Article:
What is the impact of these updates?

The performance of students who tested during the pandemic was, on average, lower than that of students who tested before it. For example, mean scores in the spring of 2021 were 7 points lower on Reading Comprehension and Mathematics than those in the spring of 2019. For Verbal and Quantitative Reasoning tests, scores were 10 points lower. These findings echo those of Rochon and Shuman (2021) who found that among matched students evaluated over time, performance growth during the pandemic was less for reasoning tests than for traditional achievement tests. The differences above are considered small1. However, there were more significant differences between 2021 and 2019 for certain tests, levels, and associations, especially when these groups had low CTP volume in 2021.

The lower performance of students testing during the pandemic is mostly absorbed when pre-pandemic and pandemic data are combined through ERB’s rolling norms methodology. For example, mean scores across the above tests were lower by only 4 points in the updated norm group (based on the last four years of data) than the previously used “frozen” norm group.

Figure 2 illustrates the impact of lower performance on percentiles. In Figure 2, the two curved lines show the relationship between test scores and percentiles for Level 8 of the Mathematics test. In the updated norms, a student with a score of 750 will have a percentile of 70. In the frozen norms, a student with this same score would have had a percentile of 67. This is due to the slightly lower performance of the updated norm group. As is shown in Figure 2, percentile differences are greater in the middle of the score scale than at the lower or upper tails of the scale score range.

It is important to point out that these differences make the updated norms more valid than the frozen ones. As characteristics of a reference group change, it’s important that norms reflect these changes. Now that there is sufficient data to update norms to reflect these changes, ERB can provide more meaningful information to aid in score interpretation.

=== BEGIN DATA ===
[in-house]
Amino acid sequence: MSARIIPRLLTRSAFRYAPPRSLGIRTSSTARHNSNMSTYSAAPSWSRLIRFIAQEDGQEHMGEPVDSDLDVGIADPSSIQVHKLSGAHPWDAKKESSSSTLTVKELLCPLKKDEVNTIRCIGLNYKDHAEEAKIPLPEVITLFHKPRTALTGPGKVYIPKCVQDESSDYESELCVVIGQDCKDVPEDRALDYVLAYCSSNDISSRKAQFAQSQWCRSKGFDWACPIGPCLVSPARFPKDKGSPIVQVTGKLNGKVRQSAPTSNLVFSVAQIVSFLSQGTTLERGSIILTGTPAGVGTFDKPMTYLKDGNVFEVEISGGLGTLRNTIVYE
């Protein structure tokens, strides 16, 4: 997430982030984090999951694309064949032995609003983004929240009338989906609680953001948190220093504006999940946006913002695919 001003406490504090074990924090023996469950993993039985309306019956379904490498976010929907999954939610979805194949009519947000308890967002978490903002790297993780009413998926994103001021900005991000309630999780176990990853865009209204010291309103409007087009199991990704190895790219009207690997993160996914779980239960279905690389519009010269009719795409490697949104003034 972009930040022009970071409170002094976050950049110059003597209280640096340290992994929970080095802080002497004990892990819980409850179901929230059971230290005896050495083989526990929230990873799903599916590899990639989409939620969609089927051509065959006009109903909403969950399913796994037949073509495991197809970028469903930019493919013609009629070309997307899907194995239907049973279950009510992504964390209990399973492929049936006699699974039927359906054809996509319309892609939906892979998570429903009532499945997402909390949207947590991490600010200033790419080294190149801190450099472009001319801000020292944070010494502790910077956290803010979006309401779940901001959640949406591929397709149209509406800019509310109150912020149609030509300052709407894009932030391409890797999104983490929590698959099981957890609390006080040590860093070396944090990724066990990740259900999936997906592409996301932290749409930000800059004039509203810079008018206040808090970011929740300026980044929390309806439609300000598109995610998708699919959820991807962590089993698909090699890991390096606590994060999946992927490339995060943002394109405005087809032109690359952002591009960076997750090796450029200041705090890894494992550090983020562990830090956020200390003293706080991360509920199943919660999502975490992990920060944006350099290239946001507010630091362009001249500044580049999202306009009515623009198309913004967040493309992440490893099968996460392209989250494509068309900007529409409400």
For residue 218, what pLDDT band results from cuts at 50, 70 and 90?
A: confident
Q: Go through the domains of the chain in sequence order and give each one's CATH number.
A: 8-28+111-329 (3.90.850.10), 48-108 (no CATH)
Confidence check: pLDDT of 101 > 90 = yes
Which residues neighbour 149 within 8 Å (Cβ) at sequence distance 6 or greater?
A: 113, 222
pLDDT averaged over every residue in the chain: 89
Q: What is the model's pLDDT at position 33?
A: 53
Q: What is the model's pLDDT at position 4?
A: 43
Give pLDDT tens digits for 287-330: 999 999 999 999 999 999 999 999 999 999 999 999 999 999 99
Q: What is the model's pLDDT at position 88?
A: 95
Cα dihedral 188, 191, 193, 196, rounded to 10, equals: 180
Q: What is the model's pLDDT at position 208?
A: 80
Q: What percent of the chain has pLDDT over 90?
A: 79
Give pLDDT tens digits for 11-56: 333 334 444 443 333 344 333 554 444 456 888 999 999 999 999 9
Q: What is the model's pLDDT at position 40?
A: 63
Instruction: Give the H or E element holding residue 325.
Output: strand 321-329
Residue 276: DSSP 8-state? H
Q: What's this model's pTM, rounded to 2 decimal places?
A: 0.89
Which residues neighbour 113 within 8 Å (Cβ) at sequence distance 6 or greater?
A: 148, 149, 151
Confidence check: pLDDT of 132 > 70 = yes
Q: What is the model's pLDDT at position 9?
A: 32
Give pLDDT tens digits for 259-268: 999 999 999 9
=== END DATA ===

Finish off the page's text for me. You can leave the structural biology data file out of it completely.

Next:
Figure 2: A comparison of frozen versus updated norms for the CTP Mathematics Level 8 test.


The global shutdown resulting from the COVID-19 pandemic had a dramatic impact on ERB testing.  In response, ERB “froze” CTP norms.  As testing has resumed, ERB is updating norms to reflect a mix of pre-pandemic and pandemic data.  The performance of the updated norm group is slightly lower than the frozen norm group, but this lower performance is a  more precise reflection of current learning achievement, reflecting the new normal of life during the pandemic.

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1 In the social sciences, effect sizes are sometimes described in terms of changes relative to a standard deviation.  The lower mean scores observed in 2021 represent about 10% of a standard deviation across the various CTP scales, which is considered a small effect.